I think the level of education we receive could be increased as well to include far more indepth discussion about the relationships between anatomy, physiology and pathology with a greater effort to ensure that graduating students are proficient in understanding and applying these concepts in the real world.

8. How long do you plan to practice and what do you plan to do after?

I plan to practice for as long as I can and when I decide to retire, I may choose to oversee a clinic or maybe just travel. We will see when we get there.

9. Do you currently have another job or business whether full time or part time? Tell us a bit more about it and how you are able to juggle that with your massage career?

No other job.

10. What are some mistakes you made in your career pursuit that you’d like to warn other students about so they can learn from your experience and avoid it?

The first mistake I made was to join a practice that did not suit me. While it’s obvious they want to interview you, you should have some idea of what kind of work environment you want to be in and have some questions ready for them.

11. What would you advice someone who is looking at massage therapy schools? What do you recommend they look for and how? How do you recommend they determine whether the school is the right one for them?

First, I would stress that you are certain you want this career path. Consider that you will potentially be working on people you do not find attractive, and you will be touching their bodies. Many people fail to consider this – surprisingly – and seem to assume that we are always massaging models.

That’s rather rare, and even if you do find yourself in that situation, you must maintain a firm boundary of professionalism. As for choosing a school, if you are lucky enough to have options for that, I would spend as much time as you can with the actual teachers and perhaps even the principal to get a feel for the philosophy of the school. If you do not have that option, then prepare for a science heavy education.

12. What do you recommend for someone who wants to go to massage school but cannot afford it?

I could not afford massage school so I took out OSAP. Depending on the school you go to, you may be able to find scholariships. OSAP made this all very possible, and they have been very good about my repayment schedule.

13. What are your three biggest points of advice for an aspiring massage therapist today? What should they do/not do? What should they think about and consider?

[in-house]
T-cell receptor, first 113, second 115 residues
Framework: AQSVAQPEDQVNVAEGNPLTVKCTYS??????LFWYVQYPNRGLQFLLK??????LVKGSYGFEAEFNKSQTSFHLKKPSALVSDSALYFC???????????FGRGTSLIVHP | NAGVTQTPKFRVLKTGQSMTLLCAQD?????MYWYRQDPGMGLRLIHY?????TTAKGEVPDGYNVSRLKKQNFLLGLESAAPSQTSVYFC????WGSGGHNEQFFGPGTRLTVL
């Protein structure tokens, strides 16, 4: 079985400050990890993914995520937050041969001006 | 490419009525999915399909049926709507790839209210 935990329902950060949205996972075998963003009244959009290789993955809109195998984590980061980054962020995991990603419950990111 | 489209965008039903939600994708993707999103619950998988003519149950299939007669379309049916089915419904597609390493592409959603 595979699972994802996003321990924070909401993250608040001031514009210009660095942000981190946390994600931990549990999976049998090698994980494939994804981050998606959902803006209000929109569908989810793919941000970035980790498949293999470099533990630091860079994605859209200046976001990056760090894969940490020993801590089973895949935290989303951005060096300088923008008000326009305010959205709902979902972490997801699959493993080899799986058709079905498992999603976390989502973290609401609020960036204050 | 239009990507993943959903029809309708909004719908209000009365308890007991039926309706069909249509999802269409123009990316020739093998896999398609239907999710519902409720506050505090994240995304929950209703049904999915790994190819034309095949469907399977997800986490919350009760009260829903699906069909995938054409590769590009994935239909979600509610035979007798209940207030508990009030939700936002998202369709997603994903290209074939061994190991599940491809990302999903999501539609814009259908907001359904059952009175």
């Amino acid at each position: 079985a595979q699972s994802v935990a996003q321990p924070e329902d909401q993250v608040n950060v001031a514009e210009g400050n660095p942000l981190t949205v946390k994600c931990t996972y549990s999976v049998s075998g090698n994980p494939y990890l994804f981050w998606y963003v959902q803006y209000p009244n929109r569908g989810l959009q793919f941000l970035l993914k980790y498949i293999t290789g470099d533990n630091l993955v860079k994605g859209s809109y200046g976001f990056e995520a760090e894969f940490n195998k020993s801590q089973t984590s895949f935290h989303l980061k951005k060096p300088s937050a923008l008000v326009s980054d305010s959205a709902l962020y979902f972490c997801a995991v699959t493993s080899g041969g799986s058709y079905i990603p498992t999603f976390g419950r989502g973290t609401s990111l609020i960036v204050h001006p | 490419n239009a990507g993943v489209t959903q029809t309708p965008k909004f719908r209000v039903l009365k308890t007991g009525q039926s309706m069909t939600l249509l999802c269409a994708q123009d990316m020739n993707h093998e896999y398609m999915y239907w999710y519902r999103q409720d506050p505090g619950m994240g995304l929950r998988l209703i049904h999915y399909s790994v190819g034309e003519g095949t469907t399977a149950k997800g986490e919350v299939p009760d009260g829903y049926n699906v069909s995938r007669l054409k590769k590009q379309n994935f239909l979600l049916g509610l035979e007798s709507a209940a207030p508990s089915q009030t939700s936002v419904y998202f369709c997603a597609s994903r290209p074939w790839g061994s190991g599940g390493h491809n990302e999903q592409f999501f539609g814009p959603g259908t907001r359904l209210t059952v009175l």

Know your anatomy/physiology/pathology if you want to actually fix people. Don’t worry so much about “technique” since it’s not the technique that fixes a person but the reasoning and understanding behind the technique. If you plan to go into business for yourself learn some stuff about how that works – primarily marketing and start up cost analysis.

Learn a thing or two about leverage – too many RMTs rely on muscle strength alone and forget about their own ergonomic working posture. If you intend to have a long career, leverage and ergonomics will be what ensures that. Consider other professionals as part of a team you are a player on.

Too often we get caught up in competitive attitudes and see other professionals as opponents. This is not so – find other professionals who have the same kinds of values and ethical systems as you do and connect with them, not just for the referral chain, but for the support when you encounter difficult to treat cases.

14. Any open thoughts / comments – anything else that you’d like to share about yourself, the massage industry, profession, future, etc? If nothing, make one prediction for the future of massage?

An optimistic prediction: RMTs will become HST exempt, recognized in the medical community and covered by OHIP.

15. What is your passion outside of massage? What are your hobbies and interests which you pursue when you are not working? Tell us why you enjoy what you enjoy.

Outside of massage I enjoy crocheting, knitting, rock climbing, cycling, hiking, playing with my cats, reading, surfing the internet, bird watching, writing poetry and… That’s about all I have room for in my schedule 🙂

Jen Fleming RMT can be reached on her website here. You can also connect with her on Facebook here.

 

Neal Lyons is a founding member and volunteer contributor at the MTSI Institute, an information based portal dedicated to guiding and assisting aspiring massage therapists establish a successful career in massage. Neal is a published author and has collaborated on several mobile applications that serve the massage profession. You can view his published work on Amazon, iTunes, Barnes & Noble, Sony and Kobo. You can connect with him on Facebook, Twitter and on Google+

Posted in Interviews with Professionals